During Operation “Protective Edge”, the Flight Test Squadron conducted tests of new Armament and Systems prior to operational activation. Some of the tests were in the field of terror tunnels destruction
The people of the Flight Test Squadron from Tel-Nof Airbase have worked around the clock during Operation “Protective Edge”. In their everyday work, they test most of the IAF’s new systems and armament, but during the operation they had to conduct tests in much shorter periods of time.
“We take weeks-long processes and shrink then into one or two days”, tells Captain R’, a test engineer in the squadron’s Guided Munition Section. “During that allotted time we need to understand the system’s shortcomings and how to do it. Afterwards, we conduct an aerial test to see how the system interacts with its matching aircraft”.
The right bomb to the right target
During the operation, the squadron executed dozens of tests dealing with the Transport, Combat, UAV and the Combat Helicopters squadrons. It tested new armament and armament already in use but had different designations during the fighting period.
“At the end of the day, the armament has to hit a certain target: A tunnel, a terrorist or a building and we have to make sure it has the required accuracy”.
Due to the short time available, the testers did not conduct the normal extensive round of tests but instead some more focused ones.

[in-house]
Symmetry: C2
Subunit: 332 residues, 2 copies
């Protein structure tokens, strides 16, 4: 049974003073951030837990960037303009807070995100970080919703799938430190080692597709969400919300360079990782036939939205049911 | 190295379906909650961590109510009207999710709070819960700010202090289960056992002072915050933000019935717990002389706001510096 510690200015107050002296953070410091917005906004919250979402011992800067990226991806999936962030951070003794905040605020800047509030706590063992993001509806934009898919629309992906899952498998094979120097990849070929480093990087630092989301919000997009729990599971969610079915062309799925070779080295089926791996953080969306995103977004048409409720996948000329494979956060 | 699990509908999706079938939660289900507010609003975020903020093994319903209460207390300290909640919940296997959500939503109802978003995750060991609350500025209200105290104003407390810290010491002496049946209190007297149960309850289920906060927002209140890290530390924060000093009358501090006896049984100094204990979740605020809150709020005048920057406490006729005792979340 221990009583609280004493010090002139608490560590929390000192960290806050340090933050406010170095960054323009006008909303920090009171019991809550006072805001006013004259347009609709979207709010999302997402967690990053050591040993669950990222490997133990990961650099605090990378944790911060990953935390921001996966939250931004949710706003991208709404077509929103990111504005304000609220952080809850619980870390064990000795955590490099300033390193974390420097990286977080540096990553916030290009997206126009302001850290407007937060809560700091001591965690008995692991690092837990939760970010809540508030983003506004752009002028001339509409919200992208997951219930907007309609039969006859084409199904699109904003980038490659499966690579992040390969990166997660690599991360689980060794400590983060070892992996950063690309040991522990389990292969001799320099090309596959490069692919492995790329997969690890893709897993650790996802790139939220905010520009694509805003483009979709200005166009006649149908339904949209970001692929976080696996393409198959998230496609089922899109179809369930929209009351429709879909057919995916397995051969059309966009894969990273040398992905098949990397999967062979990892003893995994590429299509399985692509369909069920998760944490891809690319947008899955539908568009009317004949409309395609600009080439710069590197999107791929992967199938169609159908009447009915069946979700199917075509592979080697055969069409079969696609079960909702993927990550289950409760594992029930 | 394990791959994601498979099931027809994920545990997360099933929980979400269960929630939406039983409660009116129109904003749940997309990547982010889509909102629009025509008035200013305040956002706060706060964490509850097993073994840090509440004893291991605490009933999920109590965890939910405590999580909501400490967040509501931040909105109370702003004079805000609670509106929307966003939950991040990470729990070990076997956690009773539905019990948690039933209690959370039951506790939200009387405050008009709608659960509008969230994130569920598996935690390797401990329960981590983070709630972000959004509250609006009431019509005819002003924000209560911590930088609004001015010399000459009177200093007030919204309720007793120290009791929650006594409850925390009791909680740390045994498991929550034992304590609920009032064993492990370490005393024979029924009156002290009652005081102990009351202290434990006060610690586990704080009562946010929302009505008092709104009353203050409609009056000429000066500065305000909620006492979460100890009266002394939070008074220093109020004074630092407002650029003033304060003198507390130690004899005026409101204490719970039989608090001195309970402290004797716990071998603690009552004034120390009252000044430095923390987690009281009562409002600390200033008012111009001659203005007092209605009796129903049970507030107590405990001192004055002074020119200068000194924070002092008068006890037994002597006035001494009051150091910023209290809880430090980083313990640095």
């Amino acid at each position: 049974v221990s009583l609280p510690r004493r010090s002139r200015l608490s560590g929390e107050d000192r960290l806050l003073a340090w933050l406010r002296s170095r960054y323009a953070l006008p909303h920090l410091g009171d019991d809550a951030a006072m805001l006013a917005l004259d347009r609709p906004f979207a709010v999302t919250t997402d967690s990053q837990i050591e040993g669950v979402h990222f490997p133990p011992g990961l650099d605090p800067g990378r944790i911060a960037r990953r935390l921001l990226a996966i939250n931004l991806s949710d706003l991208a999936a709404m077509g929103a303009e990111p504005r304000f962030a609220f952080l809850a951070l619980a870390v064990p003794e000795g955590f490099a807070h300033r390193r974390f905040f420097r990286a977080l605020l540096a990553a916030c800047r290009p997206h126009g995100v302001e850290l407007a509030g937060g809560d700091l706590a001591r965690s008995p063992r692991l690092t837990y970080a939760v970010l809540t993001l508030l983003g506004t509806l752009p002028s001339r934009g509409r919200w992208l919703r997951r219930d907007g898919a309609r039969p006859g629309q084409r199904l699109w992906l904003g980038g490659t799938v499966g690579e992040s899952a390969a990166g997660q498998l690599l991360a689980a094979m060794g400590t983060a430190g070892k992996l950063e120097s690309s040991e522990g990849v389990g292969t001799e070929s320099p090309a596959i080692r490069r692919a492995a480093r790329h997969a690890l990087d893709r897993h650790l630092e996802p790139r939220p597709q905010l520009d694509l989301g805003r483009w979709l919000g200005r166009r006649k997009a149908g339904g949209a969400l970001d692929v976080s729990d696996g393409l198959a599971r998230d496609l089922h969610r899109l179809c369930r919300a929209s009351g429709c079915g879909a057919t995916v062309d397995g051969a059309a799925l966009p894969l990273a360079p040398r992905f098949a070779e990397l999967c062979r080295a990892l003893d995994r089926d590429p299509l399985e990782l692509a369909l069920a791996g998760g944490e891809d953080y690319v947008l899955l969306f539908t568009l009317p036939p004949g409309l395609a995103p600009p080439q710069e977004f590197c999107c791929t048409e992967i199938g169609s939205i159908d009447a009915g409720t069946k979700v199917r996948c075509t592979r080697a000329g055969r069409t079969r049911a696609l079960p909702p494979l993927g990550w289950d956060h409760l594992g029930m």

“Usually, each armament goes through very in-depth testing”, explains Captain R’. “We sometimes had to test munition to specific mission to be carried out immediately. We recommended its use for that mission and afterwards we would test it much more broadly”.
“Can’t make the smallest mistake”
A swift test of a system poses difficult dilemmas to the squadron.
“It is very difficult to approve a system based on a brief test”, says Captain A’, a test engineer in the squadron. “That is why we must conduct essential tests with a large observant team that inspects every detail. At each test, two aircraft are in the air: One that drops the armament and another one to monitor the drop”.
In addition to the two aircraft, the squadron has cameras that document the moment of impact from various angles. That is how the accuracy of the armament is checked quickly and the testers convey their recommendations to the Weaponry Department at the IAF headquarter.
What happens when the armament does not work as expected?
“We look at the data and realize exactly what went wrong”, says Captain A’. “When we understand the failure, we pass our conclusions forward. We do not take risks. We are not in liberty to make even the smallest mistake”.